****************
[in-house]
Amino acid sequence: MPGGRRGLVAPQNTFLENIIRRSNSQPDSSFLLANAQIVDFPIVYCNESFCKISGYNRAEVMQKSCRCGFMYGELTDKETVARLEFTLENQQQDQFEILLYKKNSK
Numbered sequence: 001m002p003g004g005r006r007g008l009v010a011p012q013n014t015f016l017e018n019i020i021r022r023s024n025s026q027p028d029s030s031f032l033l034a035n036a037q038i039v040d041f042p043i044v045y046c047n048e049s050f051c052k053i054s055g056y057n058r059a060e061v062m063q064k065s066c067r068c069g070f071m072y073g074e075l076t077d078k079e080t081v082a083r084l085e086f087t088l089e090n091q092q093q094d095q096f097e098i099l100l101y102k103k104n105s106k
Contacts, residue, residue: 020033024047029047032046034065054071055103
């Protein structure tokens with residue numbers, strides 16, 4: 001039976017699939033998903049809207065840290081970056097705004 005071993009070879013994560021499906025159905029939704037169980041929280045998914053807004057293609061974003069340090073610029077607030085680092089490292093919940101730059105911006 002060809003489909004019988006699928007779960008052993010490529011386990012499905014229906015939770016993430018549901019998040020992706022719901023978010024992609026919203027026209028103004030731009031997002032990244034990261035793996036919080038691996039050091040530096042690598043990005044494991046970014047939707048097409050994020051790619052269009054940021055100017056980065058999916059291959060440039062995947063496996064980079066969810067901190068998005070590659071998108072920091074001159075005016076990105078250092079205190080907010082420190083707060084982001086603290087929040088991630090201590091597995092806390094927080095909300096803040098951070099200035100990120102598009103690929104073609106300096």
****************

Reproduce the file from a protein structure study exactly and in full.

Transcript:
[in-house]
Amino acid sequence: MPGGRRGLVAPQNTFLENIIRRSNSQPDSSFLLANAQIVDFPIVYCNESFCKISGYNRAEVMQKSCRCGFMYGELTDKETVARLEFTLENQQQDQFEILLYKKNSK
Numbered sequence: 001m002p003g004g005r006r007g008l009v010a011p012q013n014t015f016l017e018n019i020i021r022r023s024n025s026q027p028d029s030s031f032l033l034a035n036a037q038i039v040d041f042p043i044v045y046c047n048e049s050f051c052k053i054s055g056y057n058r059a060e061v062m063q064k065s066c067r068c069g070f071m072y073g074e075l076t077d078k079e080t081v082a083r084l085e086f087t088l089e090n091q092q093q094d095q096f097e098i099l100l101y102k103k104n105s106k
Contacts, residue, residue: 020033024047029047032046034065054071055103
């Protein structure tokens with residue numbers, strides 16, 4: 001039976017699939033998903049809207065840290081970056097705004 005071993009070879013994560021499906025159905029939704037169980041929280045998914053807004057293609061974003069340090073610029077607030085680092089490292093919940101730059105911006 002060809003489909004019988006699928007779960008052993010490529011386990012499905014229906015939770016993430018549901019998040020992706022719901023978010024992609026919203027026209028103004030731009031997002032990244034990261035793996036919080038691996039050091040530096042690598043990005044494991046970014047939707048097409050994020051790619052269009054940021055100017056980065058999916059291959060440039062995947063496996064980079066969810067901190068998005070590659071998108072920091074001159075005016076990105078250092079205190080907010082420190083707060084982001086603290087929040088991630090201590091597995092806390094927080095909300096803040098951070099200035100990120102598009103690929104073609106300096």